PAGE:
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In order to understand how to insure you and your family against the cost of cancer it is important to know about and understand the different types of insurance products and policies available to you. The principle of insurance, any form of insurance, is that you purchase a policy for which you pay a monthly premium and in return you will receive a sum of money or payment of your relevant expenses should the situation you insured yourself against happen.

In healthcare there are a number of different types of illnesses or events you can insure yourself against. As the cost of living steadily rises we are faced with the fact that if you or a family member should become ill there will be large financial implications for the entire family.

It is very important to take into account that each type of insurance policy and its benefits differ from insurance company to insurance company. It is vital that any person seeking insurance make enquiries and check carefully what companies offer against your own particular circumstances and requirements.

To begin the discussion with a financial adviser or broker, you will need an overview of the various types of insurance available to you.

  1. Medical aid cover
  2. A medical scheme is fundamentally a “medical insurance” package. Each member of the scheme contributes money, on a scheduled payment plan, into what we might call a “pool”. When any contributing member of that pool needs medical or dental care, the money needed to pay for those services is drawn from that pool in accordance with the schemes rules and benefit structure. Medical aid cover aims to “indemnify” the client against medical expenses ¬– that means the pay-outs usually go straight to the healthcare provider and won’t exceed this expense, (although there may be a shortfall) the aim is to meet the expenses as closely as possible.

  3. Life cover
  4. Life insurance or life cover is a way of ensuring that your family or dependants are financially secure after your death. The policy will normally pay a specified lump sum or recurring benefit to the nominated beneficiary when you die. Unlike indemnity cover, this offers a stated benefit – this means a specified amount is paid out. In some cases, should the policy allow for it, should the person whose life is insured be diagnosed with a terminal disease the policy will pay out an amount prior to the member’s death instead of when the policy holder dies. Life cover can also be known as death cover, life assurance, life insurance, term life insurance.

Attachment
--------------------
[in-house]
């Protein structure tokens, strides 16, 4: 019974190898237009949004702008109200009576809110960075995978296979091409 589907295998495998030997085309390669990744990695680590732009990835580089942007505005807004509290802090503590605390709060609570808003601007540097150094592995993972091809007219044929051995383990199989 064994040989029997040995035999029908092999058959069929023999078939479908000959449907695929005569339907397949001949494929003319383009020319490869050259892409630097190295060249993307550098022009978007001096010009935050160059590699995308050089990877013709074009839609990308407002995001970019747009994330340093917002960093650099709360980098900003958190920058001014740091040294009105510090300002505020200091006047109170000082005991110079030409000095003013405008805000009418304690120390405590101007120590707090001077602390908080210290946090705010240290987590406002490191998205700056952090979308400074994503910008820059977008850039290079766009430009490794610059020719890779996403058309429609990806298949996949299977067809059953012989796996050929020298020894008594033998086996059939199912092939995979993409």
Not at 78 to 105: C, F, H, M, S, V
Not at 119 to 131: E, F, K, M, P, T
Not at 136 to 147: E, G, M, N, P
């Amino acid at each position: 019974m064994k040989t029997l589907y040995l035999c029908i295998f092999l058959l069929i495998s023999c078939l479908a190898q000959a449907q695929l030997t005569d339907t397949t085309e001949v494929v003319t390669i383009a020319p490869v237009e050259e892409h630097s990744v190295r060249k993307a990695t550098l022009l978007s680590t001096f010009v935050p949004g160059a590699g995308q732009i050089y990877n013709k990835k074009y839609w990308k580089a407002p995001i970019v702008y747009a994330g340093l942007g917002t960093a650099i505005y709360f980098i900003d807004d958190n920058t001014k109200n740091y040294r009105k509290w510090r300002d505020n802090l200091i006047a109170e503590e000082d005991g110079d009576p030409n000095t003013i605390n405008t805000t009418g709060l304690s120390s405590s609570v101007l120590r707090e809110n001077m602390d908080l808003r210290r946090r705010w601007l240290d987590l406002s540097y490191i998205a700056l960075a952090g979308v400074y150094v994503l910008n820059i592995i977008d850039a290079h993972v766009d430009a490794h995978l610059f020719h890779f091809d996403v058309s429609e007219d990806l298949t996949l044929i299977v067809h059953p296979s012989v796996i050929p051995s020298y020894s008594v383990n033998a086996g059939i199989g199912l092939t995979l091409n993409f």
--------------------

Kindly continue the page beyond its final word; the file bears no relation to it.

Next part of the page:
5. Critical illness
  6. Critical illness insurance (also known as severe illness/ dread disease cover) helps the policyholder/ insured person cover the additional costs associated with life-altering illnesses and injuries. If you become sick with an illness or injury covered by your policy and survive the waiting period (applicable with some companies), you receive a lump sum cash payment. Most policies don’t dictate how you spend this lump sum payment as it is a stated benefit, not indemnity cover. Not all policies cover all critical conditions but industry guidelines say that to call itself critical illness insurance, a policy must offer cover for, at least advanced stage cancer, severe heart attacks and strokes that result in permanent symptoms.

  7. Disability
  8. Disability insurance covers a portion or all, depending on the insurance policy, of your salary if you are unable to work due to an illness or injury. Disability cover can also include a lump sum pay-out, typically used to settle debt after a disabling illness or injury but this lump sum may be bought to replace future salaries on becoming disabled. Some companies offer disability insurance as part of the employee benefits to certain employees, in either long term or short term benefit, depending on the nature of the employee’s illness. Individuals are also able to purchase individual disability insurance products, often called capital disability, income replacement or income protection policies.

  9. Gap cover
  10. Gap cover is designed to cover medical scheme shortfalls for medication or procedures you may need during your treatment. It can also be used to cover co-payments your medical aid scheme may apply to the funding of your treatment.

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‘None of the information on this site, or related blogs, constitutes medical, financial or legal advice whatsoever.
Always talk to a medical professional, broker or your Medical Scheme about your concerns.’